Book of Spirits (World of Darkness)

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Press:Psi White Wolf Publishing (May 30, 2007)
Author Name:Schaefer, Peter


A Settings Book Intended For Use In All The Wod Product Lines. 
Highly Anticipated.


Science Fiction & Fantasy,Gaming,World of Darkness,General

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Comment List (Total:5)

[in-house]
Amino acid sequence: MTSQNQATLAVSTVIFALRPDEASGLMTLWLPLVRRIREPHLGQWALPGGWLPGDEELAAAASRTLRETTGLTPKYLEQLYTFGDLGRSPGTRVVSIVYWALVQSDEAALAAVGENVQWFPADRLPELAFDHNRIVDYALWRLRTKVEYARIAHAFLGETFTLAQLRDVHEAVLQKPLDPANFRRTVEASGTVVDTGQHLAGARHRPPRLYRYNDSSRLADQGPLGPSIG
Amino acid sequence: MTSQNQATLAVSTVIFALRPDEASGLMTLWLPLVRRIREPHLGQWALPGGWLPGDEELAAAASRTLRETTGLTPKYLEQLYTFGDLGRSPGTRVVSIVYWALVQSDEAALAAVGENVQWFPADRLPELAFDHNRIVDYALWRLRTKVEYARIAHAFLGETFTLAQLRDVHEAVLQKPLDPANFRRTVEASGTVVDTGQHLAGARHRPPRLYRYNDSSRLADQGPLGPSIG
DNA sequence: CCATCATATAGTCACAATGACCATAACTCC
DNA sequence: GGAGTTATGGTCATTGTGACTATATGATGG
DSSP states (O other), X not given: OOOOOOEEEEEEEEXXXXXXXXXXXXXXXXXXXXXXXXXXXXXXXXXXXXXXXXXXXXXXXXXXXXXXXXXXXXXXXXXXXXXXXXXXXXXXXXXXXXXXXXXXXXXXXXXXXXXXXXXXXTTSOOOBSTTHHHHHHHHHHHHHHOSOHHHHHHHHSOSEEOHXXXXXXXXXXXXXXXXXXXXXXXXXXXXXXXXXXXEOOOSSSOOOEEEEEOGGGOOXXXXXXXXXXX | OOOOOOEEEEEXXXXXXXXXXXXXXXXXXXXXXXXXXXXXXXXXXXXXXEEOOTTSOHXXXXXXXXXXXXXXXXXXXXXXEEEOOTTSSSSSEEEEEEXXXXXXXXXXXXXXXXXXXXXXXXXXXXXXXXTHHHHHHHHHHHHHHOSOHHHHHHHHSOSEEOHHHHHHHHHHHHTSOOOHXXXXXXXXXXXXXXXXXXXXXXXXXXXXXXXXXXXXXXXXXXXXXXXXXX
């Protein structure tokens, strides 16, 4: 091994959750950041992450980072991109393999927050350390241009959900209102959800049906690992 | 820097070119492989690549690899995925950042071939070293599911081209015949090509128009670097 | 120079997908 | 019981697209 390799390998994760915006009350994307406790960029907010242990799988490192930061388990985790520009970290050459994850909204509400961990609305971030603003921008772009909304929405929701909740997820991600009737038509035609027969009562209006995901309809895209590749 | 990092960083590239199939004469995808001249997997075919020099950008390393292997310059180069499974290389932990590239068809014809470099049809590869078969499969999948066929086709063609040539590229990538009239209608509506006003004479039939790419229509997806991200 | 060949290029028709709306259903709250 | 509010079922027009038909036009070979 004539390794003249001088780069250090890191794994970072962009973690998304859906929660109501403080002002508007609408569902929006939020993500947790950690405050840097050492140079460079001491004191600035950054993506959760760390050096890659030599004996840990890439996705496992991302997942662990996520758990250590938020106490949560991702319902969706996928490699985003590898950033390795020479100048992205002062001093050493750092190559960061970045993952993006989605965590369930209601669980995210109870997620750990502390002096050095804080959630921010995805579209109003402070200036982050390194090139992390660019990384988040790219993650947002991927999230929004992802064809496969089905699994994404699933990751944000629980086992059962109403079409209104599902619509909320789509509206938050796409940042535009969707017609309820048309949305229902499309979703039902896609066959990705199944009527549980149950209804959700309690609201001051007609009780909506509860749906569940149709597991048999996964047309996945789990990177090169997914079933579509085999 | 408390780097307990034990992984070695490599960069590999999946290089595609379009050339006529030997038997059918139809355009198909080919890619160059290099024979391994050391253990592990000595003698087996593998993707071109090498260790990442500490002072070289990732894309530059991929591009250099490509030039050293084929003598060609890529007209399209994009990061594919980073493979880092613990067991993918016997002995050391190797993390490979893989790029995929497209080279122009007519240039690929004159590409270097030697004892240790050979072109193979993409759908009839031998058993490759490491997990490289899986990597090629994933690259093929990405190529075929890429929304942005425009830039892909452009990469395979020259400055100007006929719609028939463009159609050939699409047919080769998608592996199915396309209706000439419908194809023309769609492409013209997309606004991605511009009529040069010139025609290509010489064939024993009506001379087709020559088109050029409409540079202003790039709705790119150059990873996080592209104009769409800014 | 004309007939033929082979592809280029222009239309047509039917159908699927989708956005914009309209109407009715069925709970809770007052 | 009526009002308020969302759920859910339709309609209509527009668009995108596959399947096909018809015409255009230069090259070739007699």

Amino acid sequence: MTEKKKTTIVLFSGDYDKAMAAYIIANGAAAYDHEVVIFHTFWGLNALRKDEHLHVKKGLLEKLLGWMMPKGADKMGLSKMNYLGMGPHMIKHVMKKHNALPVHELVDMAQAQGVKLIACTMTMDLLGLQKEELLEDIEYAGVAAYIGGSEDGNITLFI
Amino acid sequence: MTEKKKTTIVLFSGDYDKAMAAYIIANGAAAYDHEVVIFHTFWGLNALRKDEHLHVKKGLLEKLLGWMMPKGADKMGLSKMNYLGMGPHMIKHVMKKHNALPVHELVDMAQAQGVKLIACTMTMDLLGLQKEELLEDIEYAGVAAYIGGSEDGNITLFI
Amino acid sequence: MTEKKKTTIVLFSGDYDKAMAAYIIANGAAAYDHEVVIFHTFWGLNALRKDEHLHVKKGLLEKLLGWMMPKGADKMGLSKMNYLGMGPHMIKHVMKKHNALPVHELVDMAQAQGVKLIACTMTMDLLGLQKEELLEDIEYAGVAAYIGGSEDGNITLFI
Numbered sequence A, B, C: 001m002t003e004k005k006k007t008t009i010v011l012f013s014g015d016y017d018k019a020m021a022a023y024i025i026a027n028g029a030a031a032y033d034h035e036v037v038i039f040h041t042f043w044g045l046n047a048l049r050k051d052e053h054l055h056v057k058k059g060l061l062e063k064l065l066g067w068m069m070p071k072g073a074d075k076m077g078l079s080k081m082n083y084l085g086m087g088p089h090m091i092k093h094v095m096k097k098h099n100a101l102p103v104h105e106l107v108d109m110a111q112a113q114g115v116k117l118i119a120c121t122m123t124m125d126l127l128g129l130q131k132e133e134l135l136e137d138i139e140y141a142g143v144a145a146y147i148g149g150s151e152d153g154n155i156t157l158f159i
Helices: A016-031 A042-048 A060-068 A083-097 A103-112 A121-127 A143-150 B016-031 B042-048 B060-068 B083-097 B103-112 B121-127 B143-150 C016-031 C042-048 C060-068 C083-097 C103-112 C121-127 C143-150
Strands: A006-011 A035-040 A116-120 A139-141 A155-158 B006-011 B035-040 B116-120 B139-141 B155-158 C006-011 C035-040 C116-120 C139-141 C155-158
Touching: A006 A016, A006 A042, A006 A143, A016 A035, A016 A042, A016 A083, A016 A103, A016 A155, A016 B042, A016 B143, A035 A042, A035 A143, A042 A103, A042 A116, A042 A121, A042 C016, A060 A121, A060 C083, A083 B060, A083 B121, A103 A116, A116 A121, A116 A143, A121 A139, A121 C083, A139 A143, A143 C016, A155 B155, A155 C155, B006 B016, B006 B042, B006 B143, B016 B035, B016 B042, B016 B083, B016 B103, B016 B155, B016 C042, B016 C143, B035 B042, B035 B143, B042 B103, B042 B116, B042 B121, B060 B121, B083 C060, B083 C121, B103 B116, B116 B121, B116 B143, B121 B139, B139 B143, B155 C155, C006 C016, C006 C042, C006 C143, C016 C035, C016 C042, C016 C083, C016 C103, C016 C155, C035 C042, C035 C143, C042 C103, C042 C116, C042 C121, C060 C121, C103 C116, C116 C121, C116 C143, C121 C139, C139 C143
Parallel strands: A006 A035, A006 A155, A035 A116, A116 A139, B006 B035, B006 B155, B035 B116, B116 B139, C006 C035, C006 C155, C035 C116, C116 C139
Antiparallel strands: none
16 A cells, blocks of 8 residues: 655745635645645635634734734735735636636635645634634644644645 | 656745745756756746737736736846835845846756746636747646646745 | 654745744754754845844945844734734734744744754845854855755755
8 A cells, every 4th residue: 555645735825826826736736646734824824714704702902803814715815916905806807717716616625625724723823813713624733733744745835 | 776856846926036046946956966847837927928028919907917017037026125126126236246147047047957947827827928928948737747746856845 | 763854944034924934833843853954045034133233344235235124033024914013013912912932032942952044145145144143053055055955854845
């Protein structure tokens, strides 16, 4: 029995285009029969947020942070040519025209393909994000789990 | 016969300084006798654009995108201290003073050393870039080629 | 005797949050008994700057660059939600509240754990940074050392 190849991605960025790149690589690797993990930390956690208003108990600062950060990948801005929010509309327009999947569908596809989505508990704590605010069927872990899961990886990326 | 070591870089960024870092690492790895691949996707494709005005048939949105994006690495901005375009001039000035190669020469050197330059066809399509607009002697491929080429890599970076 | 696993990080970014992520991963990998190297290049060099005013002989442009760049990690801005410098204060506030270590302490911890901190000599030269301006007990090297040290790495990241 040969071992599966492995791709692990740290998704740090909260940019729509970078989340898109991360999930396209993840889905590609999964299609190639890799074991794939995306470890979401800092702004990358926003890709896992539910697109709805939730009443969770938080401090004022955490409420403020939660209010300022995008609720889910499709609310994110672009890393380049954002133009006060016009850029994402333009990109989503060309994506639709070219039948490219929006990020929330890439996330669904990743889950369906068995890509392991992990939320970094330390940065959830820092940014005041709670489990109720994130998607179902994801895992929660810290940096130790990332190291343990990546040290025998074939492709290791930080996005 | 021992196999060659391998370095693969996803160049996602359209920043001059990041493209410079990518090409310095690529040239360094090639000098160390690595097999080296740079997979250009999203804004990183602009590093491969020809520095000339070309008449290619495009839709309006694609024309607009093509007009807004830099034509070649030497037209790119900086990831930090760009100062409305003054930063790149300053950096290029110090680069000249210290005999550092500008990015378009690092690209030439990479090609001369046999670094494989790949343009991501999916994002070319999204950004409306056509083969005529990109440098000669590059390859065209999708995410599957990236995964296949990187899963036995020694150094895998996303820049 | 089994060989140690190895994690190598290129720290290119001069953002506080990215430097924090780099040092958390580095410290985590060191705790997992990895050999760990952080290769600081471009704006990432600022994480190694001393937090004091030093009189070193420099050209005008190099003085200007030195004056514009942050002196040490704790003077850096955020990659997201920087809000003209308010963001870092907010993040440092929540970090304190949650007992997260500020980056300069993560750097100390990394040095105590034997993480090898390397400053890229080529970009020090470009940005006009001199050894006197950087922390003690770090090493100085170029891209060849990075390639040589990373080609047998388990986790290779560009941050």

•     Book of Spirits is a information tome and antagonist book meant for all games within the World of Darkness. To my knowledge, it should be useful in mortal, Vampire and definitely Mage games. I cannot say about Werewolf since I don't follow that, but the authors seem convinced that this will supplement not replace Werewolf books on spirits. References to Werewolf books in this one would seem to indicate that Werewolf books have more detailed and specific information on spirits than this. This book tends to be fairly general about spirits, establishing a level from which storytellers can build specifics.The introduction as usual sets out what the theme and mood of the book is, though the authors don't exactly do this directly. Rather, they point out that they decided to make the Shadow Realm a mad, dark reflection of an already dark setting. They claim that it should be 'easy enough' to make this spirit world a bit brighter, but personally, I find that this book follows a common method of the World of Darkness: the darkness is greater not because of what they put in but what they take out, and that is harder to counter. Anyway, the first chapter sort of continues with setting the theme and mood, as instead of going into specifics of the spirit world, it recounts stories of how ordinary mortals have been made contact with that world, and sometimes also how the material world has affected the spirit world. It is basically story hooks and background info, and it also establishes a minor theme of the book: including things from Werewolf and Mage that can be used in other games without the fine details from those games.The second chapter gets into the fine details. It defines the spirit setting. It begins by giving rules on how the spirit world and the material world affect each other, then moves into the points of direct contact between the worlds. Throughout this chapter and the next there are plot hook sub bars and three or four little descriptions of some specific thing for story use. There are locations, but also urban myth type rituals that may give some knowledge or access to the spirit world or other things. After contact are details on travelling and surviving as a mortal within the spirit world. Then comes a general description of the spirit world, various places unusual even there, and descriptions of what is found in the Shadow of urban areas and of natural ones. It is a huge chapter. This might be a good time to mention that White Wolf is no longer putting extensive bookmarks in their ebook versions, and if any book needed more than just chapter bookmarks, it's this one. Eventually, it gets to the fine details of spirits. This whole section is still conceptual, not game mechanic specific. It sets out the life cycle of spirits, defining why they live as they do. It is another long section, but White Wolf sum it up with the phrase "survival of the fittest". This is one area where I find it difficult to adapt to the setting. To me, the natural and therefore spirit worlds should define that phrase in the sense Darwin actually meant, that a creature that survived was fitter than one that got killed. White Wolf uses the phrase in the social darwinist/eugenicist style usually restricted to humans: kill others before they kill you. The spirit world is truly an ugly, brutal place.After this come two chapters on game mechanics. The third chapter is about merits, mostly for ordinary mortals, that allow them to interact with spirits. For some reason these new merits all have built-in drawbacks. It is a strange addition to the game, especially since the merits seem to mostly be about making it easier for spirits to torment those that have them before getting to the drawbacks. There seems to be little incentive for players to pick any of these new merits. The chapter also has an extensive collection of cursed items tainted by the spirit world and some new fetishes and rites for Werewolves. There is an optional new Discipline for Vampires, that gives them ability and incentive to deal with spirits. Also, while the rites are Werewolf-only, the fetishes can be used by anyone (anyone gullible, in one case).The fourth and final chapter at last sets out the game rules for spirits. This deals with everything: gaining and spending Essense, the use of Influences, and of course the Numina spirits have. The Numina listing is a mix of things from various previous games with new ones (I presume some are not in previous Werewolf books). Following that are many examples of the various types of spirits. Most of them are quite weak so that the storyteller can expand and adapt them, but a few are strong and good examples of developed spirits. That said, back in the intro it stated that weak spirits are still a big challenge for characters other than Werewolves or Mages. This section includes people that are ridden by spirits, from people as living fetters, to the types of roaming spirits that possess people, to the Claimed. The combinations are as usual quite strange and intriguing.